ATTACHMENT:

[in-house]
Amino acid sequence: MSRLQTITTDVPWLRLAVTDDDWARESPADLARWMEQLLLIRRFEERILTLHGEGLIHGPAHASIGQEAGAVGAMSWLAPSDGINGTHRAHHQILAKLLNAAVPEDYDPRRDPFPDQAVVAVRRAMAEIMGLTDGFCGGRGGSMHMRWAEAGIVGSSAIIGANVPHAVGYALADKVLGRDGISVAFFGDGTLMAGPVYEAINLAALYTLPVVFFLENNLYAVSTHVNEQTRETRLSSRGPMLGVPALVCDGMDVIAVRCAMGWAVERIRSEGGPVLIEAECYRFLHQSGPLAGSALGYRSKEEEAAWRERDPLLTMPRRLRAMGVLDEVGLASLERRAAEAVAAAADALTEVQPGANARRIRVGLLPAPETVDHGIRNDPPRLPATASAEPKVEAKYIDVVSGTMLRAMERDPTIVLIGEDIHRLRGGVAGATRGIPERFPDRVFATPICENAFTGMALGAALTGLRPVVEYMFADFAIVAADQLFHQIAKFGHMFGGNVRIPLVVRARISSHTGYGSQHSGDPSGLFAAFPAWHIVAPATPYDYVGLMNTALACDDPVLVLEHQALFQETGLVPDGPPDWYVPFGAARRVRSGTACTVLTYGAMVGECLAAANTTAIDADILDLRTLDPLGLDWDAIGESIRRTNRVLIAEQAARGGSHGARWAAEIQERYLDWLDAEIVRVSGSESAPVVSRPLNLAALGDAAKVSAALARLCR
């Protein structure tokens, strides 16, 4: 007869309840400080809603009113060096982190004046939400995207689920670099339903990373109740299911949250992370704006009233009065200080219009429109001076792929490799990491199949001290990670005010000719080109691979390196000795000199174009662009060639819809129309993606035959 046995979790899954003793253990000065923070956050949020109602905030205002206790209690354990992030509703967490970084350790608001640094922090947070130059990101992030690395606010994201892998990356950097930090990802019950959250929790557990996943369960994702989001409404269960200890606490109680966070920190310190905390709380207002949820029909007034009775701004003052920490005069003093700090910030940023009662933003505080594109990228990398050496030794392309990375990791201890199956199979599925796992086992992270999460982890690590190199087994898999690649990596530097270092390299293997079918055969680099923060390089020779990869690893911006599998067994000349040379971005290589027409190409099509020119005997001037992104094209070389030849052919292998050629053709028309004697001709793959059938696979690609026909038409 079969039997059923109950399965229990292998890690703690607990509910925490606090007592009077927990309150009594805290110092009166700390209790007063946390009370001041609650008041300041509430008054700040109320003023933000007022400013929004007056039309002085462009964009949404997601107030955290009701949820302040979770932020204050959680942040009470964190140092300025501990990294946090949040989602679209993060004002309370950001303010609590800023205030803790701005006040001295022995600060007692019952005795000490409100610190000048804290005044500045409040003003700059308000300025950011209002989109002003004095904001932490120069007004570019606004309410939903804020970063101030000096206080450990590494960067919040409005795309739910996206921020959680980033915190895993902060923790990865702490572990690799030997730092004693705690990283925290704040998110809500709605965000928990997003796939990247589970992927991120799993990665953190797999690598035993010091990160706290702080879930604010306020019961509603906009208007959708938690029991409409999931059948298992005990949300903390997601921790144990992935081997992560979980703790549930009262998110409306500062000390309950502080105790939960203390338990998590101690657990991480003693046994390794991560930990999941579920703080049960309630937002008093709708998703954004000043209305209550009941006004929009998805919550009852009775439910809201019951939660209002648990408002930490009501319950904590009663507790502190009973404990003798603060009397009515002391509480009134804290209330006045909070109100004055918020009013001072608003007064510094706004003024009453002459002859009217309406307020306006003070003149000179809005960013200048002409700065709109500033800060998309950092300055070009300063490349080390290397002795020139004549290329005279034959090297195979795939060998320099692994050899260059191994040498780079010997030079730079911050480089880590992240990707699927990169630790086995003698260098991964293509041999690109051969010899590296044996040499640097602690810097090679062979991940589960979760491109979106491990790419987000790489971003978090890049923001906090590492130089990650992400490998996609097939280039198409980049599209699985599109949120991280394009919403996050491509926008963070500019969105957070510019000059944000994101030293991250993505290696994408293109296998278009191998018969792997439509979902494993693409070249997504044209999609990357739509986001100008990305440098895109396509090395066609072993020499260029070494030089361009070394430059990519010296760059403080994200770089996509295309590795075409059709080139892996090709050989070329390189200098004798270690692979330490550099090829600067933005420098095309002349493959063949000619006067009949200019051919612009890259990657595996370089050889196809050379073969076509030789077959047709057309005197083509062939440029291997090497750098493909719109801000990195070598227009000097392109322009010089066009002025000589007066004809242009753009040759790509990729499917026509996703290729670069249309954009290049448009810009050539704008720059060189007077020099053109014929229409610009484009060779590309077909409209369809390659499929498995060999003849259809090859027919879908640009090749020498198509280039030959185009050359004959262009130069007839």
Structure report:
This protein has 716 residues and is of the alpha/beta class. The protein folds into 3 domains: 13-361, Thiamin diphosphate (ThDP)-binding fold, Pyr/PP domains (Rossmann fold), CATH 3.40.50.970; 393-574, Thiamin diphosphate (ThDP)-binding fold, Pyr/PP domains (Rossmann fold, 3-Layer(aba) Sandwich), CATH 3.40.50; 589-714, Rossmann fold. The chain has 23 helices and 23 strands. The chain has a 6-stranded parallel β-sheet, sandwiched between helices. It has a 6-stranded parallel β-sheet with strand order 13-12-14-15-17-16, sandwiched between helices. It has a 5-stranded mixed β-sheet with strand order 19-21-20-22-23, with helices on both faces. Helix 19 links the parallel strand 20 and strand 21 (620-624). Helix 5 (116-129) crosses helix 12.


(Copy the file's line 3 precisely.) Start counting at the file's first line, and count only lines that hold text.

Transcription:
């Protein structure tokens, strides 16, 4: 007869309840400080809603009113060096982190004046939400995207689920670099339903990373109740299911949250992370704006009233009065200080219009429109001076792929490799990491199949001290990670005010000719080109691979390196000795000199174009662009060639819809129309993606035959 046995979790899954003793253990000065923070956050949020109602905030205002206790209690354990992030509703967490970084350790608001640094922090947070130059990101992030690395606010994201892998990356950097930090990802019950959250929790557990996943369960994702989001409404269960200890606490109680966070920190310190905390709380207002949820029909007034009775701004003052920490005069003093700090910030940023009662933003505080594109990228990398050496030794392309990375990791201890199956199979599925796992086992992270999460982890690590190199087994898999690649990596530097270092390299293997079918055969680099923060390089020779990869690893911006599998067994000349040379971005290589027409190409099509020119005997001037992104094209070389030849052919292998050629053709028309004697001709793959059938696979690609026909038409 079969039997059923109950399965229990292998890690703690607990509910925490606090007592009077927990309150009594805290110092009166700390209790007063946390009370001041609650008041300041509430008054700040109320003023933000007022400013929004007056039309002085462009964009949404997601107030955290009701949820302040979770932020204050959680942040009470964190140092300025501990990294946090949040989602679209993060004002309370950001303010609590800023205030803790701005006040001295022995600060007692019952005795000490409100610190000048804290005044500045409040003003700059308000300025950011209002989109002003004095904001932490120069007004570019606004309410939903804020970063101030000096206080450990590494960067919040409005795309739910996206921020959680980033915190895993902060923790990865702490572990690799030997730092004693705690990283925290704040998110809500709605965000928990997003796939990247589970992927991120799993990665953190797999690598035993010091990160706290702080879930604010306020019961509603906009208007959708938690029991409409999931059948298992005990949300903390997601921790144990992935081997992560979980703790549930009262998110409306500062000390309950502080105790939960203390338990998590101690657990991480003693046994390794991560930990999941579920703080049960309630937002008093709708998703954004000043209305209550009941006004929009998805919550009852009775439910809201019951939660209002648990408002930490009501319950904590009663507790502190009973404990003798603060009397009515002391509480009134804290209330006045909070109100004055918020009013001072608003007064510094706004003024009453002459002859009217309406307020306006003070003149000179809005960013200048002409700065709109500033800060998309950092300055070009300063490349080390290397002795020139004549290329005279034959090297195979795939060998320099692994050899260059191994040498780079010997030079730079911050480089880590992240990707699927990169630790086995003698260098991964293509041999690109051969010899590296044996040499640097602690810097090679062979991940589960979760491109979106491990790419987000790489971003978090890049923001906090590492130089990650992400490998996609097939280039198409980049599209699985599109949120991280394009919403996050491509926008963070500019969105957070510019000059944000994101030293991250993505290696994408293109296998278009191998018969792997439509979902494993693409070249997504044209999609990357739509986001100008990305440098895109396509090395066609072993020499260029070494030089361009070394430059990519010296760059403080994200770089996509295309590795075409059709080139892996090709050989070329390189200098004798270690692979330490550099090829600067933005420098095309002349493959063949000619006067009949200019051919612009890259990657595996370089050889196809050379073969076509030789077959047709057309005197083509062939440029291997090497750098493909719109801000990195070598227009000097392109322009010089066009002025000589007066004809242009753009040759790509990729499917026509996703290729670069249309954009290049448009810009050539704008720059060189007077020099053109014929229409610009484009060779590309077909409209369809390659499929498995060999003849259809090859027919879908640009090749020498198509280039030959185009050359004959262009130069007839």